Such individual multilevel traits as excitation (nervous system), activity (temperament), belonged self, open-mindedness, and agreeableness (personality) represented the exogenous variables. Other individual traits were not included in mediator models as exogenous variables at a significant level. Crystallized intelligence, originality, and flexibility served mediators in the models, but fluid intelligence and fluency were not significant mediators. Thus, one can assume that some personality traits, varieties of psychometric intelligence, and indicators of psychometric (verbal) creativity yield integrations that are specific and rely on variables, their composition and structure.

The finding above supports the hypothesis that mediation models selectively differ in individual multilevel traits, psychometric intelligence, and psychometric (verbal) creativity. They exhibit not one, but several methods of mediation. Therefore, the basis for their integration can be dynamic.

Conclusion

The mediation models included individual traits in their various combinations. The model with crystallized intellect as a mediator included multilevel individual traits: excitation (nervous system), activity (temperament), open-mindedness, and belonged self (personality); the model with originality as a mediator included open-mindedness (personality); the model with flexibility as a mediator included agreeableness and open-mindedness (personality). This may mean that the properties of individuality can be included in different mediation models by changing their compositions and structures. Within the mediator models, individuality reveals the ability, to varying degrees, to replace some traits with others. This means that generally,individual traits present a dynamic structure when they enter mediator models.

The results have practical importance. They have made it possible to identify among the properties of individuality, psychometric intelligence, and psychometric (verbal) creativity the factors that make the most significant contributions to the students’ academic achievement.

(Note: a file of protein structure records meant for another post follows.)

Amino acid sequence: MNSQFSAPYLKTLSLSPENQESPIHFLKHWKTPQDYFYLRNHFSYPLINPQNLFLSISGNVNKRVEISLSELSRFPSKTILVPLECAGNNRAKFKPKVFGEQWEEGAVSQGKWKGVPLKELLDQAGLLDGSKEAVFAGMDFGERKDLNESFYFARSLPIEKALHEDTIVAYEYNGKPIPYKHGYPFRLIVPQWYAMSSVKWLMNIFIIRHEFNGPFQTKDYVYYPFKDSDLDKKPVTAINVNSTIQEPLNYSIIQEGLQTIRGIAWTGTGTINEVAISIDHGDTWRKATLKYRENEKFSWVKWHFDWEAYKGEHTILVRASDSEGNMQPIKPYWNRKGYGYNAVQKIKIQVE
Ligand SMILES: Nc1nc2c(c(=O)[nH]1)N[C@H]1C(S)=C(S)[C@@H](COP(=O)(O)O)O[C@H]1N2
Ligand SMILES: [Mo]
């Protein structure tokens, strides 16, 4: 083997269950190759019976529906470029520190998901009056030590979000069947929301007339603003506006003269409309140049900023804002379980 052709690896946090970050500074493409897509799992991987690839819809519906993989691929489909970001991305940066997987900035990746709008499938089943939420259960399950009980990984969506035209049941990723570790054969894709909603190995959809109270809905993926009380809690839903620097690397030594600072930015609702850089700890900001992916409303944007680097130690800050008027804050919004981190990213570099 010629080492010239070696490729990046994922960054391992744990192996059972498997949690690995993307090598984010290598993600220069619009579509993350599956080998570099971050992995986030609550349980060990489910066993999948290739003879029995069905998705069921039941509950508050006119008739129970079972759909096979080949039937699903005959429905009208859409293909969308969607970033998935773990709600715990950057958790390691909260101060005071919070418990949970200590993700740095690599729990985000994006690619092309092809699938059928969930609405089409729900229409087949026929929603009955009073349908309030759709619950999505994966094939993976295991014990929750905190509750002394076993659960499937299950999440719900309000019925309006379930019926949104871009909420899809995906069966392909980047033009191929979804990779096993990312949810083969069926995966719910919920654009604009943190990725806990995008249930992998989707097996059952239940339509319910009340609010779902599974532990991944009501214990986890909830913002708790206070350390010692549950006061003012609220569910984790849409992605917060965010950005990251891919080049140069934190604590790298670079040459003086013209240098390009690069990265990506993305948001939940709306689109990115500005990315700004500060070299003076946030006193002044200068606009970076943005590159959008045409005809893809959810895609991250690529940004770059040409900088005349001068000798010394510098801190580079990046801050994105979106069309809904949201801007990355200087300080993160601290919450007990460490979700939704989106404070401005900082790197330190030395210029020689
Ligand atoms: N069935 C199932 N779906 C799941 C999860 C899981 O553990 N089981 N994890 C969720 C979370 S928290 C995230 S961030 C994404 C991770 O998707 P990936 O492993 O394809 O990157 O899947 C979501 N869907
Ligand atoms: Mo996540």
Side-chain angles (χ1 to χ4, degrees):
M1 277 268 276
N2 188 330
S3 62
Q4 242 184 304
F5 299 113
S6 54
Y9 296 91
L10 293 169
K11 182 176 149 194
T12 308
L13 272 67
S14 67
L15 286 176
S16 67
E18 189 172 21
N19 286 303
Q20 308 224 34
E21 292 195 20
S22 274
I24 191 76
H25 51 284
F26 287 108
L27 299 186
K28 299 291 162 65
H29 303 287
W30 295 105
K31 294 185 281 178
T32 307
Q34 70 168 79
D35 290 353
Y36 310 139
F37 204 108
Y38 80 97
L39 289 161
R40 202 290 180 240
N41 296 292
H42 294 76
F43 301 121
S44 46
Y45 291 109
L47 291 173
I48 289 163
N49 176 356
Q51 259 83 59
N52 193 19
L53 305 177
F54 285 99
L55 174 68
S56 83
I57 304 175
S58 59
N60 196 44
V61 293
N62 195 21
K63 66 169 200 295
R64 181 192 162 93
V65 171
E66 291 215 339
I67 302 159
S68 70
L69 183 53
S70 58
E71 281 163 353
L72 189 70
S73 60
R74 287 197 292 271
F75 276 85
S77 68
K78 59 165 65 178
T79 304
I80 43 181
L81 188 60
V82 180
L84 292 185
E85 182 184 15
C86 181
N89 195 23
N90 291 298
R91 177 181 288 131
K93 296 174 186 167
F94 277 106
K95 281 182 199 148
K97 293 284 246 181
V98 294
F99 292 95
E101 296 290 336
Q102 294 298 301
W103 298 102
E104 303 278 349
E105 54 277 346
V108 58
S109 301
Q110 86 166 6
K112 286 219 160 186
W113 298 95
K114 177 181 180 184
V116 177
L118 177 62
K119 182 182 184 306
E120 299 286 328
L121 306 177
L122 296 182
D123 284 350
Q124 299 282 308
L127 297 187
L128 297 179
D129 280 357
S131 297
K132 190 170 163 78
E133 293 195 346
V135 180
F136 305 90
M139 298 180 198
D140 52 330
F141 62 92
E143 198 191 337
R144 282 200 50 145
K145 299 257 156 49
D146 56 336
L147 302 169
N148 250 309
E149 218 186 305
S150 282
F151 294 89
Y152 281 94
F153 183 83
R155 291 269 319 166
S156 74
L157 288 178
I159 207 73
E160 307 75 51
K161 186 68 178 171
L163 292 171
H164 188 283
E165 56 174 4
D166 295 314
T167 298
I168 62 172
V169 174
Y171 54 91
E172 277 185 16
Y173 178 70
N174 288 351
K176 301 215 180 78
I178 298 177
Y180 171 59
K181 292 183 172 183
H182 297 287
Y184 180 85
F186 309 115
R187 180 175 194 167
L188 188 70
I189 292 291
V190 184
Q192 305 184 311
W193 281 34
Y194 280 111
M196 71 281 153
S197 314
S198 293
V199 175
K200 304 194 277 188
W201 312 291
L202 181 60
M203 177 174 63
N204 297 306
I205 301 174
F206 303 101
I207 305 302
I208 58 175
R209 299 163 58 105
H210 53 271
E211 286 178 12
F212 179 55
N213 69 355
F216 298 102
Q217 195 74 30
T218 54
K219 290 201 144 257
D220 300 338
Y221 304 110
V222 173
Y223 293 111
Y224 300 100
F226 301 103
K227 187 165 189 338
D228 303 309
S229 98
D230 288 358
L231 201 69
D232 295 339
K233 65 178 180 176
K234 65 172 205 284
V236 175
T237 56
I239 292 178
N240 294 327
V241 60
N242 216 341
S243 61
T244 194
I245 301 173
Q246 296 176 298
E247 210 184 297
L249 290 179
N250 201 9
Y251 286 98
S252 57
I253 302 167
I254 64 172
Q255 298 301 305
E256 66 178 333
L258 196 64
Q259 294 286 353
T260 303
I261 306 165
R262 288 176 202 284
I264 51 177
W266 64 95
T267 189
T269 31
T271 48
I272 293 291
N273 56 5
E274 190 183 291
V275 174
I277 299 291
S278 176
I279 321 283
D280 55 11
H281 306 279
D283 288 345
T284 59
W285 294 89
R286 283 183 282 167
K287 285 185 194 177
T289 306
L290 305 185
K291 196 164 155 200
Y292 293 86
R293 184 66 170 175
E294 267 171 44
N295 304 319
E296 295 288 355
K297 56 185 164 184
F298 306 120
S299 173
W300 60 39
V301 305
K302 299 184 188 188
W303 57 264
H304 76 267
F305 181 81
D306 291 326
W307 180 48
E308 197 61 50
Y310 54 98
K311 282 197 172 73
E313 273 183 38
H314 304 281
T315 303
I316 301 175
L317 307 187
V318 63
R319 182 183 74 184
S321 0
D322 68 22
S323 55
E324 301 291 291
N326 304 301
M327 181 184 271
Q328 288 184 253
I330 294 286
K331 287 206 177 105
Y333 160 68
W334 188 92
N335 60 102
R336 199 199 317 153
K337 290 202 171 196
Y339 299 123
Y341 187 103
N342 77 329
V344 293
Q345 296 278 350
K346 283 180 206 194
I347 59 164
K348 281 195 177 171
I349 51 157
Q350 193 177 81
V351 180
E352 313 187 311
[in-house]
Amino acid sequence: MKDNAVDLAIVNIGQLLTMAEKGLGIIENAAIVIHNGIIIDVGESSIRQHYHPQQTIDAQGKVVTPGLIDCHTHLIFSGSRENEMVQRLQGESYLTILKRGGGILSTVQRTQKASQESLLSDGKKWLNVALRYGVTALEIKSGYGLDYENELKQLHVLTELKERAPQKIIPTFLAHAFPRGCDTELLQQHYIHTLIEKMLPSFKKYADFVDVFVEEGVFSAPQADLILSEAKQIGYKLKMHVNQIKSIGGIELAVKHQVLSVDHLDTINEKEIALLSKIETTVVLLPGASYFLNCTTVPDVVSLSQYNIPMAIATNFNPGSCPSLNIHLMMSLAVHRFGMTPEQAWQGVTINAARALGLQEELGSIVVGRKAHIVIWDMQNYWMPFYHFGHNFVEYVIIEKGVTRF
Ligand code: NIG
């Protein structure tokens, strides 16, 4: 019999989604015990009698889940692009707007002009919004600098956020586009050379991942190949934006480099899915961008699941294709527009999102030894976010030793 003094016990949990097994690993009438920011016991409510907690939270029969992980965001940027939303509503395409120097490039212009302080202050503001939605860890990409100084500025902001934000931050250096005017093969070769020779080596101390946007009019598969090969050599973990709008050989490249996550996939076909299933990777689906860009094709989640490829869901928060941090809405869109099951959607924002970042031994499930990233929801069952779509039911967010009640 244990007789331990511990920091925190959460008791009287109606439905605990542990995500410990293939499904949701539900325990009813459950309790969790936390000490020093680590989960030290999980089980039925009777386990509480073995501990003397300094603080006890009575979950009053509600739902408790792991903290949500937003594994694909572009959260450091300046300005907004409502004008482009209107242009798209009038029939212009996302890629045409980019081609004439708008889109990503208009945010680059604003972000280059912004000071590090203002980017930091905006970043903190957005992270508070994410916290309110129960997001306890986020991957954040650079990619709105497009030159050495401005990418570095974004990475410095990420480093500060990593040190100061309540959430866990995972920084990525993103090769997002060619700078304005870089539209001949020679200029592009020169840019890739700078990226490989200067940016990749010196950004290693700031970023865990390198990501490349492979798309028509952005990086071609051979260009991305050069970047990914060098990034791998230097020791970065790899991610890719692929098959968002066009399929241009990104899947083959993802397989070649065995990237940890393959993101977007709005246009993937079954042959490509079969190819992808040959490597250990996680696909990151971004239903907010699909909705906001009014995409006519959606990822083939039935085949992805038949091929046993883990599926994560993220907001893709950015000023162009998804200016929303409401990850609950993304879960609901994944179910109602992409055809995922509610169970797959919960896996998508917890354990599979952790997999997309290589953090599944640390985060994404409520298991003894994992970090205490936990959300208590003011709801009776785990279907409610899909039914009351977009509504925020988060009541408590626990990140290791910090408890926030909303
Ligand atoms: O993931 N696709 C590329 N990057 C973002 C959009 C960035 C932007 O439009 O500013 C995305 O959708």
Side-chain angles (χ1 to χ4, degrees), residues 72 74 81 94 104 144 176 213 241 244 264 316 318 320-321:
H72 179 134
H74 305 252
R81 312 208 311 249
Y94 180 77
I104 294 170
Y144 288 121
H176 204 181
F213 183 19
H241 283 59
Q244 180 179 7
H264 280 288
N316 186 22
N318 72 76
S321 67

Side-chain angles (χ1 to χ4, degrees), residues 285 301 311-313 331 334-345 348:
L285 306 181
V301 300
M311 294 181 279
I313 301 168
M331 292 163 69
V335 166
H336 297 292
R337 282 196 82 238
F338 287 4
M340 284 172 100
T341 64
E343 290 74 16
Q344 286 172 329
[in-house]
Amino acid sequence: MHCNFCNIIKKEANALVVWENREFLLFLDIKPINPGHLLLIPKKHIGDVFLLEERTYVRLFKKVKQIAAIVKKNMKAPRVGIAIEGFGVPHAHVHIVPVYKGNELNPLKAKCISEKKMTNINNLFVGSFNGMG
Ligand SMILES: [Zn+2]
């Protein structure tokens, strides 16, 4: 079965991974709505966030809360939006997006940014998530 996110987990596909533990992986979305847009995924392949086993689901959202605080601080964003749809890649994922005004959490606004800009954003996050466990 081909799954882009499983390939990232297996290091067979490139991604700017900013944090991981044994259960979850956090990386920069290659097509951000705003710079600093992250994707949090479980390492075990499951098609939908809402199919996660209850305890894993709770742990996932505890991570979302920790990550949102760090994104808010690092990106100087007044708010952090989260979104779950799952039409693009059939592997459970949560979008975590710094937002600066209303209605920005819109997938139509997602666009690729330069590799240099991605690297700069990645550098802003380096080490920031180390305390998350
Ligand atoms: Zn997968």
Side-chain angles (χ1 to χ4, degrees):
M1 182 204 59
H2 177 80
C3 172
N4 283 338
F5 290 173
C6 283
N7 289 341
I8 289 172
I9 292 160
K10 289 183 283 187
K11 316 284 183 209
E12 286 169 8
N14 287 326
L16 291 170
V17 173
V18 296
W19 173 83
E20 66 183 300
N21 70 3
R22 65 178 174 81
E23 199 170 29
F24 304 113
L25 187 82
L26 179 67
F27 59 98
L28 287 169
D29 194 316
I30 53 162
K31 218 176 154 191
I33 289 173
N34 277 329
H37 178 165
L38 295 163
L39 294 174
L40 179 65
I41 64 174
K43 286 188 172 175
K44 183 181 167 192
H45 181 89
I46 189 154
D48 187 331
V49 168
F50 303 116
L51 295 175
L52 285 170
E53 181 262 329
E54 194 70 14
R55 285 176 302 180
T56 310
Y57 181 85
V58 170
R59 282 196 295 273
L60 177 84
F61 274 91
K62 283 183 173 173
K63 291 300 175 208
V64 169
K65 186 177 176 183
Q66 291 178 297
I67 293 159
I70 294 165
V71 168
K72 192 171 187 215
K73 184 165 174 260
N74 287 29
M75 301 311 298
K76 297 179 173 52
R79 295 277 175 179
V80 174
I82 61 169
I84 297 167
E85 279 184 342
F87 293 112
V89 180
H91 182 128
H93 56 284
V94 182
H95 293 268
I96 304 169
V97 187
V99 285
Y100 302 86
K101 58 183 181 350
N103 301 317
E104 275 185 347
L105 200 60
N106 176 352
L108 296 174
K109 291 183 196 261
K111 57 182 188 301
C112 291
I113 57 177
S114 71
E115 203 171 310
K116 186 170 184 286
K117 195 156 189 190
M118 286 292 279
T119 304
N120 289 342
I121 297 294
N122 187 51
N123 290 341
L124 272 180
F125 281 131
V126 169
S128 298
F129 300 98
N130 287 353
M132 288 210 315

Limitations and perspectives of the study

Psychometric creativity was studied in only one aspect — verbal creativity, so we cannot extend the results to other types of creativity.

The study involved predominantly girls, which is consistent with the sex ratio in the humanities but does not allow the results to be extrapolated to the wider population. In this regard, gender alignment and the study of gender specificity, may become a promising area of research.

In the future, it is necessary to consider individual-intellectual integrations not only among representatives of the humanities but also to study those in technical, natural science, military, and other areas of training.

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Information About the Authors

Leonid Y. Dorfman, Doctor of Psychology, Professor, Professor, Head of the Department of Humanities, Perm State Institute of Culture, Perm, Russia, ORCID: https://orcid.org/0000-0001-8494-5674, e-mail: dorfman07@yandex.ru

Alexey Y. Kalugin, PhD in Psychology, Associate Professor, Head of the Department of Theoretical and Applied Psychology, Perm State Humanitarian Pedagogical University, Perm, Russia, ORCID: https://orcid.org/0000-0002-3633-2926, e-mail: kaluginau@yandex.ru